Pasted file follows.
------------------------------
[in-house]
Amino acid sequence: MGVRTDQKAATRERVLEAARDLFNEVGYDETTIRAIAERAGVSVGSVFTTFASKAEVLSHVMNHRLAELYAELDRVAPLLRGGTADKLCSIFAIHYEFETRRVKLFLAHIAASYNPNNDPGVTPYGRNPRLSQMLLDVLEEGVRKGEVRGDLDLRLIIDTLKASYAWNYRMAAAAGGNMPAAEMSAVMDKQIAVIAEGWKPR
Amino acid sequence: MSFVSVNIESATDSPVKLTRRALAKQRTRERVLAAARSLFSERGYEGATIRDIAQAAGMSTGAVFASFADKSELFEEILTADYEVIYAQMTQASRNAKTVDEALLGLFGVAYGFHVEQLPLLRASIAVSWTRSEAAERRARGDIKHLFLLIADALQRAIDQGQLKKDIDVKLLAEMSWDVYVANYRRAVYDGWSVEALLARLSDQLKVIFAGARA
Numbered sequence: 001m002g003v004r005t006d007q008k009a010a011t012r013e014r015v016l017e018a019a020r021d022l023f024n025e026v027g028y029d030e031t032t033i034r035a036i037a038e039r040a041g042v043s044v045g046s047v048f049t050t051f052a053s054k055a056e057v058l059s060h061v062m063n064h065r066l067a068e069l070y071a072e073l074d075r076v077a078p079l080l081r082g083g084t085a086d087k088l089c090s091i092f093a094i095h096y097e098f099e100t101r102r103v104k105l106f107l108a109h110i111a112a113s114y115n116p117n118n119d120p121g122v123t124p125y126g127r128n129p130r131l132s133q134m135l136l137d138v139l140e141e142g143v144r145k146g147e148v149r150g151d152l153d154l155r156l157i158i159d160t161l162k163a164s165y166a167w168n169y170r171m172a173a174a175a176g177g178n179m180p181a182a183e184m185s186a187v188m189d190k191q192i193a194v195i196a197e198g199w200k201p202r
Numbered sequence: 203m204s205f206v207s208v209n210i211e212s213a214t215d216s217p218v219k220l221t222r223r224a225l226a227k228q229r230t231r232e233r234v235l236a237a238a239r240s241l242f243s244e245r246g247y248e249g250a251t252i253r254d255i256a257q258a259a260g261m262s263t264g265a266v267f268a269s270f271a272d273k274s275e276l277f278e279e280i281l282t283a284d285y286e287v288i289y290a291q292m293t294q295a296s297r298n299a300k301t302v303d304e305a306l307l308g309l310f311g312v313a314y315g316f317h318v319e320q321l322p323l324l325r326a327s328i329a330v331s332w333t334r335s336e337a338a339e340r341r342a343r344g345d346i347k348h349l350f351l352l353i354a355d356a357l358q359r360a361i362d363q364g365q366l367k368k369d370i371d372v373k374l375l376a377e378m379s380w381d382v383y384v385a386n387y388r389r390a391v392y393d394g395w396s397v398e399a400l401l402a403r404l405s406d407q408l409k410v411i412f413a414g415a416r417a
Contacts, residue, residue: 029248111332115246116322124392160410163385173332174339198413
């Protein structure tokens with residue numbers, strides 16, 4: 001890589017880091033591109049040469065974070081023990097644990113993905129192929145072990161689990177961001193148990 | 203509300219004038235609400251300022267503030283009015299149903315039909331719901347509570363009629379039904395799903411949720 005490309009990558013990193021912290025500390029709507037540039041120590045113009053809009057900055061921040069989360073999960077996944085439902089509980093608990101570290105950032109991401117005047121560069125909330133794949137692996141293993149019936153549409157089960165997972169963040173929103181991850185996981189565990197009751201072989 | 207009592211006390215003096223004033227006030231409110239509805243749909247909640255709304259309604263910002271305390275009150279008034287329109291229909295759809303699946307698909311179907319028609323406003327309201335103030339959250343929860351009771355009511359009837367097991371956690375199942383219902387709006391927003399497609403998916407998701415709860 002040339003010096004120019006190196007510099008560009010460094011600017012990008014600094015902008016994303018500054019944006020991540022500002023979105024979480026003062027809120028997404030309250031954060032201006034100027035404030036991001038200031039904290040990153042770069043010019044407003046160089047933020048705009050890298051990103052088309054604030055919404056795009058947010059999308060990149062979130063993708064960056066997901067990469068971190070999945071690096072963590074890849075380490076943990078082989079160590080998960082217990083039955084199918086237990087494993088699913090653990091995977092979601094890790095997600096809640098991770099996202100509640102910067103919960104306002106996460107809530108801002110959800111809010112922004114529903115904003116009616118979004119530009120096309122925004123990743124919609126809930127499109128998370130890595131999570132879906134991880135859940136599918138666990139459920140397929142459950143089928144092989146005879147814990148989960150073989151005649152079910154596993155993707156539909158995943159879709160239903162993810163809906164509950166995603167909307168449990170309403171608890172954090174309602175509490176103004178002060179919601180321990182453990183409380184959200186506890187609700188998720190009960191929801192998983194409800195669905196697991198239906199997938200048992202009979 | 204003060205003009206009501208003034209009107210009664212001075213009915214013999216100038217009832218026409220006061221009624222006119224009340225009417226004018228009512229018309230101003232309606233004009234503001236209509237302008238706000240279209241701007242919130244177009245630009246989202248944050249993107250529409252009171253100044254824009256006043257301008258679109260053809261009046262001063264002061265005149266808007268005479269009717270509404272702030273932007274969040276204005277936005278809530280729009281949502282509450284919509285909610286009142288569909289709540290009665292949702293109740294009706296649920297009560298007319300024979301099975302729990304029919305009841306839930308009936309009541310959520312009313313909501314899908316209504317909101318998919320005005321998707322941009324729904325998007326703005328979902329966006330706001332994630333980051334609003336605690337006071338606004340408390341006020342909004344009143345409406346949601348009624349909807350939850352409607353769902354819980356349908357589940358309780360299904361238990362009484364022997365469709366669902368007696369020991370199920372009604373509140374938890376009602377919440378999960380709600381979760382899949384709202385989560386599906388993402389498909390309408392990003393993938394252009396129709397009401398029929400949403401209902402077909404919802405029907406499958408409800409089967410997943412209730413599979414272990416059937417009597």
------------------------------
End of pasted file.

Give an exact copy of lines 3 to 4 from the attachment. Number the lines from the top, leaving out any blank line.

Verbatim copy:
Amino acid sequence: MSFVSVNIESATDSPVKLTRRALAKQRTRERVLAAARSLFSERGYEGATIRDIAQAAGMSTGAVFASFADKSELFEEILTADYEVIYAQMTQASRNAKTVDEALLGLFGVAYGFHVEQLPLLRASIAVSWTRSEAAERRARGDIKHLFLLIADALQRAIDQGQLKKDIDVKLLAEMSWDVYVANYRRAVYDGWSVEALLARLSDQLKVIFAGARA
Numbered sequence: 001m002g003v004r005t006d007q008k009a010a011t012r013e014r015v016l017e018a019a020r021d022l023f024n025e026v027g028y029d030e031t032t033i034r035a036i037a038e039r040a041g042v043s044v045g046s047v048f049t050t051f052a053s054k055a056e057v058l059s060h061v062m063n064h065r066l067a068e069l070y071a072e073l074d075r076v077a078p079l080l081r082g083g084t085a086d087k088l089c090s091i092f093a094i095h096y097e098f099e100t101r102r103v104k105l106f107l108a109h110i111a112a113s114y115n116p117n118n119d120p121g122v123t124p125y126g127r128n129p130r131l132s133q134m135l136l137d138v139l140e141e142g143v144r145k146g147e148v149r150g151d152l153d154l155r156l157i158i159d160t161l162k163a164s165y166a167w168n169y170r171m172a173a174a175a176g177g178n179m180p181a182a183e184m185s186a187v188m189d190k191q192i193a194v195i196a197e198g199w200k201p202r